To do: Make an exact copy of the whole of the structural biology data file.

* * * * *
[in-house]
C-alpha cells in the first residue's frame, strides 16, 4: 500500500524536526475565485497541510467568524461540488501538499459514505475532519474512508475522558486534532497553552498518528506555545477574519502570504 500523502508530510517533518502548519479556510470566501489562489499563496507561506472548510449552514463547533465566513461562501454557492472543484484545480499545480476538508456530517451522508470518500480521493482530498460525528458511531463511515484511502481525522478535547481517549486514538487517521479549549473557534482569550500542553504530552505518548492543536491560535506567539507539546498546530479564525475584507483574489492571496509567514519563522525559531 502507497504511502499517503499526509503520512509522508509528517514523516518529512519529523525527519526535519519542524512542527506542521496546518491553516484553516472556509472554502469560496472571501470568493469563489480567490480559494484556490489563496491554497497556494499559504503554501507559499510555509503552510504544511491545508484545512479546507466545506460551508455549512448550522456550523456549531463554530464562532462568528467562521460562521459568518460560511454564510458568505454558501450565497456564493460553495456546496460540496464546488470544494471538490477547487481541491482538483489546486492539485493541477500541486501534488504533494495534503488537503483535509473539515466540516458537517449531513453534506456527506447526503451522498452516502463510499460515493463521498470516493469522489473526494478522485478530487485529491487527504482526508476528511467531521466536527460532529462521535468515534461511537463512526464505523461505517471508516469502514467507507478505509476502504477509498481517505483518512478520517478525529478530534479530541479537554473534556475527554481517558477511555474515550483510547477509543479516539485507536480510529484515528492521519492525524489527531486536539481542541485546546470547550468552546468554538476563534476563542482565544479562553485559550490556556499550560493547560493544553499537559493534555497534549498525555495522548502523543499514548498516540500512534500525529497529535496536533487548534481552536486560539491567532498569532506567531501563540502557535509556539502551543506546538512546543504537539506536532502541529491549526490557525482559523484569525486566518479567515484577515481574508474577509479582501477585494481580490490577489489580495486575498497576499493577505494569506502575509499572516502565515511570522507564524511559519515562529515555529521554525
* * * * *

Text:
[in-house]
C-alpha cells in the first residue's frame, strides 16, 4: 500500500524536526475565485497541510467568524461540488501538499459514505475532519474512508475522558486534532497553552498518528506555545477574519502570504 500523502508530510517533518502548519479556510470566501489562489499563496507561506472548510449552514463547533465566513461562501454557492472543484484545480499545480476538508456530517451522508470518500480521493482530498460525528458511531463511515484511502481525522478535547481517549486514538487517521479549549473557534482569550500542553504530552505518548492543536491560535506567539507539546498546530479564525475584507483574489492571496509567514519563522525559531 502507497504511502499517503499526509503520512509522508509528517514523516518529512519529523525527519526535519519542524512542527506542521496546518491553516484553516472556509472554502469560496472571501470568493469563489480567490480559494484556490489563496491554497497556494499559504503554501507559499510555509503552510504544511491545508484545512479546507466545506460551508455549512448550522456550523456549531463554530464562532462568528467562521460562521459568518460560511454564510458568505454558501450565497456564493460553495456546496460540496464546488470544494471538490477547487481541491482538483489546486492539485493541477500541486501534488504533494495534503488537503483535509473539515466540516458537517449531513453534506456527506447526503451522498452516502463510499460515493463521498470516493469522489473526494478522485478530487485529491487527504482526508476528511467531521466536527460532529462521535468515534461511537463512526464505523461505517471508516469502514467507507478505509476502504477509498481517505483518512478520517478525529478530534479530541479537554473534556475527554481517558477511555474515550483510547477509543479516539485507536480510529484515528492521519492525524489527531486536539481542541485546546470547550468552546468554538476563534476563542482565544479562553485559550490556556499550560493547560493544553499537559493534555497534549498525555495522548502523543499514548498516540500512534500525529497529535496536533487548534481552536486560539491567532498569532506567531501563540502557535509556539502551543506546538512546543504537539506536532502541529491549526490557525482559523484569525486566518479567515484577515481574508474577509479582501477585494481580490490577489489580495486575498497576499493577505494569506502575509499572516502565515511570522507564524511559519515562529515555529521554525